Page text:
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View Full Version : 2005+ Toyota Tacoma for towing my boat?



deafgoose
07-31-2008, 11:31 AM
I am looking into buying as 2005+ Toyota Tacoma 4.0L V6 4x4 with towing package.

They are rated for 6500lb but I am worried about climbing hills while pulling my boat.

SkiKY
07-31-2008, 11:41 AM
I have that same setup- 2007 Quad Cab long bed 4.0 4x4 w/ a 2006 Outback V - and it tows extremely well. I think better than my old Chevy K1500 w/ a V8. The Tacomas are close to 2000 lbs. lighter than a domestic full size truck so on a weight to HP basis I would guess it comes close to a wash. I've had no struggles with hills at all.

deafgoose
07-31-2008, 11:46 AM
SWEET!

That is exactly what I needed to hear before I pulled the trigger.

Thanks

maxpower220
07-31-2008, 11:27 PM
You should really test drive the truck with your boat hooked up. That way, you will know exactly how it will tow your boat. Different people have opinions on what "good" is.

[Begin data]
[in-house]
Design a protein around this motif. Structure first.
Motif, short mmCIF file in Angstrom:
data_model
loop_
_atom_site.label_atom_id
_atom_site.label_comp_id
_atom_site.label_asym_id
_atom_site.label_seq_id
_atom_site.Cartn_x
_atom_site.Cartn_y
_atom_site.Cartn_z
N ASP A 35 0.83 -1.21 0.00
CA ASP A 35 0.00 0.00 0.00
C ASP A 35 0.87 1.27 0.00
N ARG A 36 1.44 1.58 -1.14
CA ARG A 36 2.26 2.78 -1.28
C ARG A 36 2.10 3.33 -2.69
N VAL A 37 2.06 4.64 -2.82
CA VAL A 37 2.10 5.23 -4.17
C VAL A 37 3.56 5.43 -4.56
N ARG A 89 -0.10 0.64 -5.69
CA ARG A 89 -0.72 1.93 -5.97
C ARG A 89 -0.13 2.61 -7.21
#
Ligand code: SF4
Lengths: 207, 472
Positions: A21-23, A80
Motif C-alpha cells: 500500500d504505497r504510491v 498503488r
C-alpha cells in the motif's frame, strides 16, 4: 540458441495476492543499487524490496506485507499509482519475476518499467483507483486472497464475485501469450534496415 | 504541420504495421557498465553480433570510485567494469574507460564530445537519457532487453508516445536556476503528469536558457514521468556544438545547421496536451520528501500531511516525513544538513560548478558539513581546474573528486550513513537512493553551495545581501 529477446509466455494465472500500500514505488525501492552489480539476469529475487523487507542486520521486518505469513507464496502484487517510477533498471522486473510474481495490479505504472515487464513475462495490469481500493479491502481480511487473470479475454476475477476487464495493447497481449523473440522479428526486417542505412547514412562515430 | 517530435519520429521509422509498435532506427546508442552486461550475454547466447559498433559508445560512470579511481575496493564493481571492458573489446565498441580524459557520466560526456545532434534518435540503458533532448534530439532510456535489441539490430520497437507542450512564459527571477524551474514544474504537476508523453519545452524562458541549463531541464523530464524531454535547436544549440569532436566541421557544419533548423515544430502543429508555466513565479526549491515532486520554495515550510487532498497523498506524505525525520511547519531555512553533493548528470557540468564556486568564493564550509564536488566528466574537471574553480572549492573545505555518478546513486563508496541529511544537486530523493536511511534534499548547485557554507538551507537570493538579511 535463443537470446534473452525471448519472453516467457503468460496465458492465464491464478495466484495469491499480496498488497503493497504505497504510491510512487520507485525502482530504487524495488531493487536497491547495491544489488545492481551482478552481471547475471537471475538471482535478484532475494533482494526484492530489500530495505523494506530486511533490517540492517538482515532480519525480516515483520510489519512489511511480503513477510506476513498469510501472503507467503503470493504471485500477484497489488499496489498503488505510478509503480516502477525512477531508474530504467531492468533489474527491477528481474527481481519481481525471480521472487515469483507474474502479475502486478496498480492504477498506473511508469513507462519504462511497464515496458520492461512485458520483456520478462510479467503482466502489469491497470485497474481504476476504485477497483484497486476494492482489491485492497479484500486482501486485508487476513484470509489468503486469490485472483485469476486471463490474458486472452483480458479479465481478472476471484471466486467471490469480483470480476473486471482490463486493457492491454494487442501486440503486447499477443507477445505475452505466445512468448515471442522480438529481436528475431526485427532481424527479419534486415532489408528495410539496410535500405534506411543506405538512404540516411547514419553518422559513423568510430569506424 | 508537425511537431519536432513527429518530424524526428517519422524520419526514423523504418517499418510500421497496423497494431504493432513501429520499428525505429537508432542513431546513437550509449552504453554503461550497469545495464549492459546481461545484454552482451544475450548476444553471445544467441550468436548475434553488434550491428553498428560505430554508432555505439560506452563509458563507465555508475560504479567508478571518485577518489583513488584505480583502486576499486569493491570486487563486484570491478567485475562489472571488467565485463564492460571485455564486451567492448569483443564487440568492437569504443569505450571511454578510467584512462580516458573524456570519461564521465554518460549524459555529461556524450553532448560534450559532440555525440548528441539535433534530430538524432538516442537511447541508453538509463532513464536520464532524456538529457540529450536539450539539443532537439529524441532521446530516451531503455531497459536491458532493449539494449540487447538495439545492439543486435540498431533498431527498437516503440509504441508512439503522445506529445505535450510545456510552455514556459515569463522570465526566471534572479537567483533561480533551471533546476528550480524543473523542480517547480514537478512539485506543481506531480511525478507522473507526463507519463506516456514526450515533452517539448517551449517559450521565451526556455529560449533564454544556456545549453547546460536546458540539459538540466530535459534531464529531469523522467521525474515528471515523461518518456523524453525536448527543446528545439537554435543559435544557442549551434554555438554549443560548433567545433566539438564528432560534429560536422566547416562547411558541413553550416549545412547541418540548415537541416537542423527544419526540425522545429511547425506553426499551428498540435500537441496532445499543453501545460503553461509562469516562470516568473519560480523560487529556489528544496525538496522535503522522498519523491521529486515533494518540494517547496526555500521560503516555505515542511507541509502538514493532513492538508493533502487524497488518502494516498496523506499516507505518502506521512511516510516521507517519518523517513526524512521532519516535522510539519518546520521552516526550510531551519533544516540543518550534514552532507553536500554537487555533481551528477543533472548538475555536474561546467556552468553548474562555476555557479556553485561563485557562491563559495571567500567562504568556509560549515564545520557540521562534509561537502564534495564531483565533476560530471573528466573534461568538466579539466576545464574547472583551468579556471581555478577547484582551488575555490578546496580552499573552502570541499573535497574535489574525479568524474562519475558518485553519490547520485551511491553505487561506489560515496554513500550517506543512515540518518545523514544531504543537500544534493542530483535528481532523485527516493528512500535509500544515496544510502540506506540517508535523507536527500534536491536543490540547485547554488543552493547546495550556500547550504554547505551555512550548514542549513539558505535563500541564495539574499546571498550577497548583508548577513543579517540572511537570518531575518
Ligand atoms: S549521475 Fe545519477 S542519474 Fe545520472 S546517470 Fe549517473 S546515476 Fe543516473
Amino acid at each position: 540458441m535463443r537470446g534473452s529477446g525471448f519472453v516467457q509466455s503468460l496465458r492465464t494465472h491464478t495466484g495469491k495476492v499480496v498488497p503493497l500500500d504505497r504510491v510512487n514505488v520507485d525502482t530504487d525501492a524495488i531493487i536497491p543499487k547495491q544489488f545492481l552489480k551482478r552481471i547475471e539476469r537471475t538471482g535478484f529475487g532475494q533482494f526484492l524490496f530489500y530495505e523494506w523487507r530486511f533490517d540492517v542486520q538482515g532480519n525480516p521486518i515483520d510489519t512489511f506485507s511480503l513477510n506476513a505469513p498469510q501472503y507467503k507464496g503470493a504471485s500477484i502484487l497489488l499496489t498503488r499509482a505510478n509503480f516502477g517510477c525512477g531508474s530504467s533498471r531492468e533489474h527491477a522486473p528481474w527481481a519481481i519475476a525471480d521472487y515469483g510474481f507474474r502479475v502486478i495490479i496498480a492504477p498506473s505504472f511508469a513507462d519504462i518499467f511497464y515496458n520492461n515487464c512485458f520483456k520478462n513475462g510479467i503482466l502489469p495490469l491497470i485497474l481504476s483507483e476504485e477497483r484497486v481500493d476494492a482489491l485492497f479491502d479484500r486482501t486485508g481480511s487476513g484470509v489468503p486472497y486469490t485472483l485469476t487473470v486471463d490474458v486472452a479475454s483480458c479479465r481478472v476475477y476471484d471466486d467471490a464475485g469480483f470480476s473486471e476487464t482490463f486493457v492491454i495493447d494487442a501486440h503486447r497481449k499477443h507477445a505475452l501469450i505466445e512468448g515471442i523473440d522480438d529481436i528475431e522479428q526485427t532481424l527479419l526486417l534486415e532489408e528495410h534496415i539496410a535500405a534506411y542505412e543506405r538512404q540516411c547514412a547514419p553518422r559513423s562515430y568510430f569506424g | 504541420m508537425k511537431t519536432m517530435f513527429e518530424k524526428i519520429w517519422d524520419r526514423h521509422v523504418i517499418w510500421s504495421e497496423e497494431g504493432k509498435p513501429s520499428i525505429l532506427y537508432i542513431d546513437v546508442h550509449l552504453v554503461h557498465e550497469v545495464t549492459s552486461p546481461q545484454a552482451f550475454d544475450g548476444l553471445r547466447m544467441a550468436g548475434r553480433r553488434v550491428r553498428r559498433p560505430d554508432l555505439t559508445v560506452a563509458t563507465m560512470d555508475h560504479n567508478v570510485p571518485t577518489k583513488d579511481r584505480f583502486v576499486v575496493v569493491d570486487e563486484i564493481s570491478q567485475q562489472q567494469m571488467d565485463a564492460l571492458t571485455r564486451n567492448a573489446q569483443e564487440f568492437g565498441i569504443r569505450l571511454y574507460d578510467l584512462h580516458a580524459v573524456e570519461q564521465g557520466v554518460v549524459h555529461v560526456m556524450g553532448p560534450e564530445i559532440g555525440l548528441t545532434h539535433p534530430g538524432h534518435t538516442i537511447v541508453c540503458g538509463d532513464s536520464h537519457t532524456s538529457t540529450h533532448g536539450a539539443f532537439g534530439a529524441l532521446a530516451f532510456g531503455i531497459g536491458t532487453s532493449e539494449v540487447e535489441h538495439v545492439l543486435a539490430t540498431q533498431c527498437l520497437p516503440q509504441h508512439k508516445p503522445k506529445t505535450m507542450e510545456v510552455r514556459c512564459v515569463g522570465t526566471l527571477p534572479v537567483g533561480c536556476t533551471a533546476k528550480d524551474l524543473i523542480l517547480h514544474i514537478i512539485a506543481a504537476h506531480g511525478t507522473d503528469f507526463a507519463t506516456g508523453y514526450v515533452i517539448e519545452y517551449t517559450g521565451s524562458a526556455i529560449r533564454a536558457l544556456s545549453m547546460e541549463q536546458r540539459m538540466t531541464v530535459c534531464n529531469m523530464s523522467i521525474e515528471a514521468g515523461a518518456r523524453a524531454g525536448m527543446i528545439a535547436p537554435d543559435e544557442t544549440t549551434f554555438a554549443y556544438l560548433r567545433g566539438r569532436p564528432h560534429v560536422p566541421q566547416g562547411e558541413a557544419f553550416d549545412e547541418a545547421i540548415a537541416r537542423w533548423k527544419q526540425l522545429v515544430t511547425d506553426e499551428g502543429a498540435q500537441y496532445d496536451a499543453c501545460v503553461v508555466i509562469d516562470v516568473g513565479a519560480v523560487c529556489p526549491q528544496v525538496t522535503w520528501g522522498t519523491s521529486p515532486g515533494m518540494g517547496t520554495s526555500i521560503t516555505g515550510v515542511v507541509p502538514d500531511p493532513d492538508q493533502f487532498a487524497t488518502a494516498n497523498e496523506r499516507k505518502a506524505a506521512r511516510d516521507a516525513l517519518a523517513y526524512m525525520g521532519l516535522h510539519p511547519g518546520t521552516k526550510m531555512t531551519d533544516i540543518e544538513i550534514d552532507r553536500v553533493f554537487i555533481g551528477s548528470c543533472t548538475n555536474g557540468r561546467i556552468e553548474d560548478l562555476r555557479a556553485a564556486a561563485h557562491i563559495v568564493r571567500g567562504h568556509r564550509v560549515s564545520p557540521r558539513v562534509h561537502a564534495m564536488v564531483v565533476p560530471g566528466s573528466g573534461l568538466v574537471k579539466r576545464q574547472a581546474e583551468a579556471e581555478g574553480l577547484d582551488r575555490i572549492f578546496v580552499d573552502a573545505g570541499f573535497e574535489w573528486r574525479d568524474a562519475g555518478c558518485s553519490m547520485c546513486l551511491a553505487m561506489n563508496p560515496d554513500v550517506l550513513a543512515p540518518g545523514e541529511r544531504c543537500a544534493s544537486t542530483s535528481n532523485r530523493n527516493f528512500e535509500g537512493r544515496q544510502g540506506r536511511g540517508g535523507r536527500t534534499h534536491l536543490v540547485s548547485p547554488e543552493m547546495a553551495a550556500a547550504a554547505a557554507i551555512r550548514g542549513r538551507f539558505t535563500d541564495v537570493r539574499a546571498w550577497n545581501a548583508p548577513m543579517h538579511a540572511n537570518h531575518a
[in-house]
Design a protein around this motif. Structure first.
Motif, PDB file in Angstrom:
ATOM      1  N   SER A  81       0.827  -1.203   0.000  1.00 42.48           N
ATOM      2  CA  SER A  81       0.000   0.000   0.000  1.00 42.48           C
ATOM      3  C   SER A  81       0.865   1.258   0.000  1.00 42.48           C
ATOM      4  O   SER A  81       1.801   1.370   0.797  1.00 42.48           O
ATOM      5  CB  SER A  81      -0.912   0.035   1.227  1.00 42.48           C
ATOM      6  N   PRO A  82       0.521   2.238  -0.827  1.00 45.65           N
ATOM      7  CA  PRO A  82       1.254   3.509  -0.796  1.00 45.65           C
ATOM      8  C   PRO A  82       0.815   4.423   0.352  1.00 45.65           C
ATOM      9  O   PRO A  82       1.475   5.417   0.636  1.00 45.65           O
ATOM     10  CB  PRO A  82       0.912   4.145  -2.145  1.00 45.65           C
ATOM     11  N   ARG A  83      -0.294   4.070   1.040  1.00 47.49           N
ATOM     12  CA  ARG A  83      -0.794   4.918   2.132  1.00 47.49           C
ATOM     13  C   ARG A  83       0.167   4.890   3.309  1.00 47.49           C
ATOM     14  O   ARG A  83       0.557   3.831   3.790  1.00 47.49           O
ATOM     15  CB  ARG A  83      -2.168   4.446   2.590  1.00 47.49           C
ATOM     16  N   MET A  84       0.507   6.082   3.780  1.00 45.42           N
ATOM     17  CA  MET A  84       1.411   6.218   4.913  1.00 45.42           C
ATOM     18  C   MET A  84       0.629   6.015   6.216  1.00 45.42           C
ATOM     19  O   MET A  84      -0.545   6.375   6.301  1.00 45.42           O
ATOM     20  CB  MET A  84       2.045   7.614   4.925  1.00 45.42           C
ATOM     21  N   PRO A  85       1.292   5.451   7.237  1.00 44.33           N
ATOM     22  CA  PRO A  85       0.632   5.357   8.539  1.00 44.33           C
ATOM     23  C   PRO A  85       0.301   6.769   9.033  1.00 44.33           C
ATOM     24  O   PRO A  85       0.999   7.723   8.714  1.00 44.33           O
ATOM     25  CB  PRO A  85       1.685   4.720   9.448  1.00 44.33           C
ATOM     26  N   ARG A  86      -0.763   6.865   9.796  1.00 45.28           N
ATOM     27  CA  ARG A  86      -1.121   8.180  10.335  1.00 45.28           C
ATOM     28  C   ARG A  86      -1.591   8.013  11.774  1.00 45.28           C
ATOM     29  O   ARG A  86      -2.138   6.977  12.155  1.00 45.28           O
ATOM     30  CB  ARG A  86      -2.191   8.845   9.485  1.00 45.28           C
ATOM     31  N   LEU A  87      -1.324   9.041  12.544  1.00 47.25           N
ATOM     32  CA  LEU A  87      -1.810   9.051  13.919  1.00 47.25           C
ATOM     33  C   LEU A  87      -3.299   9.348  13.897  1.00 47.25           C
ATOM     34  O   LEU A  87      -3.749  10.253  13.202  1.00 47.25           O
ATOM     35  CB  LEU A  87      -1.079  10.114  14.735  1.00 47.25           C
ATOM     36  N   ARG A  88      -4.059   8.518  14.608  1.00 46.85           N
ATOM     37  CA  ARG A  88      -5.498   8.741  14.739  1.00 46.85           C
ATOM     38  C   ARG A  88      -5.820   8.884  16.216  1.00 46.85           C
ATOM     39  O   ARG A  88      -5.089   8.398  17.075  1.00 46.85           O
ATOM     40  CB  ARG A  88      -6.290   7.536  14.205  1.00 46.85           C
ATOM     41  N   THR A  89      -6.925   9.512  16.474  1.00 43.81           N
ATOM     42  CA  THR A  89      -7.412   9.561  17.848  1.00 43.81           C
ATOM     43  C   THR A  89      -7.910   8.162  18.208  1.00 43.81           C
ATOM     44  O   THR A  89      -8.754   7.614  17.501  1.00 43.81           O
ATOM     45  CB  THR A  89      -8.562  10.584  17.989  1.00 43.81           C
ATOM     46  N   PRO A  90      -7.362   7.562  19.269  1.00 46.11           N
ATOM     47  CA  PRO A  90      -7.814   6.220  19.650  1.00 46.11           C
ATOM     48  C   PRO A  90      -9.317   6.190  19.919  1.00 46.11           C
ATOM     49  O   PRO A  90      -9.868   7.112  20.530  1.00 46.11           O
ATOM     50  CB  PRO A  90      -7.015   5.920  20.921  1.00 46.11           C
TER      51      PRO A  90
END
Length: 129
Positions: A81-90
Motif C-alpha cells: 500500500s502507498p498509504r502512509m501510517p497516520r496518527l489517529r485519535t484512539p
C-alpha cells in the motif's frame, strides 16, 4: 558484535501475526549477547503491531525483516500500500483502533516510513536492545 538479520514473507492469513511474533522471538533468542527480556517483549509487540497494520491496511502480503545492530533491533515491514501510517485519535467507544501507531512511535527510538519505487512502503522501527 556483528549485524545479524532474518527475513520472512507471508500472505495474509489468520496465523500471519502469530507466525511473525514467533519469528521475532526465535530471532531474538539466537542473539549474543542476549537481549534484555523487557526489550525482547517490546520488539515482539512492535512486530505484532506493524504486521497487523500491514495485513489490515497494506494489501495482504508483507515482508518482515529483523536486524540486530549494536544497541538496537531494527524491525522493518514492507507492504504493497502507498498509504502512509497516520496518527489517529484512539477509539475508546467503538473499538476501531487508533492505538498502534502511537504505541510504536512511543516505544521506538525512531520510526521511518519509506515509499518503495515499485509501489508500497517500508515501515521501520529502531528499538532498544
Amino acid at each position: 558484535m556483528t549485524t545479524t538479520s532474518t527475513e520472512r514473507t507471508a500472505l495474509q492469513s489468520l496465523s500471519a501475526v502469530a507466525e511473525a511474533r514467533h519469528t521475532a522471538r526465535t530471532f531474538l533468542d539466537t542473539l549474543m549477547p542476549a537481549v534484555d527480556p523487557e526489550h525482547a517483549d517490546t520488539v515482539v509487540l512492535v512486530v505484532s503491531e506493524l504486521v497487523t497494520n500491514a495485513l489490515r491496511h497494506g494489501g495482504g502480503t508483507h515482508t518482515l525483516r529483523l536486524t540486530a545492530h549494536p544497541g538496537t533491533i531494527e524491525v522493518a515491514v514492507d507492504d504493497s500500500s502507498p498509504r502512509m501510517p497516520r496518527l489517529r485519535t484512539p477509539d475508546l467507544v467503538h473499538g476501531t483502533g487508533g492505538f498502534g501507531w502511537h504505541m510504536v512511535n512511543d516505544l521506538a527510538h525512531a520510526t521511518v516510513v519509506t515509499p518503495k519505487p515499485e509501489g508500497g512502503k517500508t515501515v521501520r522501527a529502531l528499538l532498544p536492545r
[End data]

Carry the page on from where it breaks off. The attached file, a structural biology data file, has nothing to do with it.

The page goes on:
04OUTBACK
08-01-2008, 01:18 PM
DG,
The prev owner of my LSV delivered to me in same truck.. He said he did not have any trouble with that.. LSV weighs a few pounds more that OBV..
I would not wanna head out on a REAL long trip in it, but they are good trucks and you are well within the tow rating..
Good point abover on the weight to HP ratio My Tahoe weighs way more than a Yota... so that is a good point..

tlatoani
08-01-2008, 01:49 PM
Shoot, 6500lb could tow my XLV :P

I hooked it up to a Jeep Cherokee once when I was without a tow vehicle. The back end nearly bottomed out so we just stayed home that day. I guess suspension is a big factor...the engine should do ok in the flatlands here.

SkiKY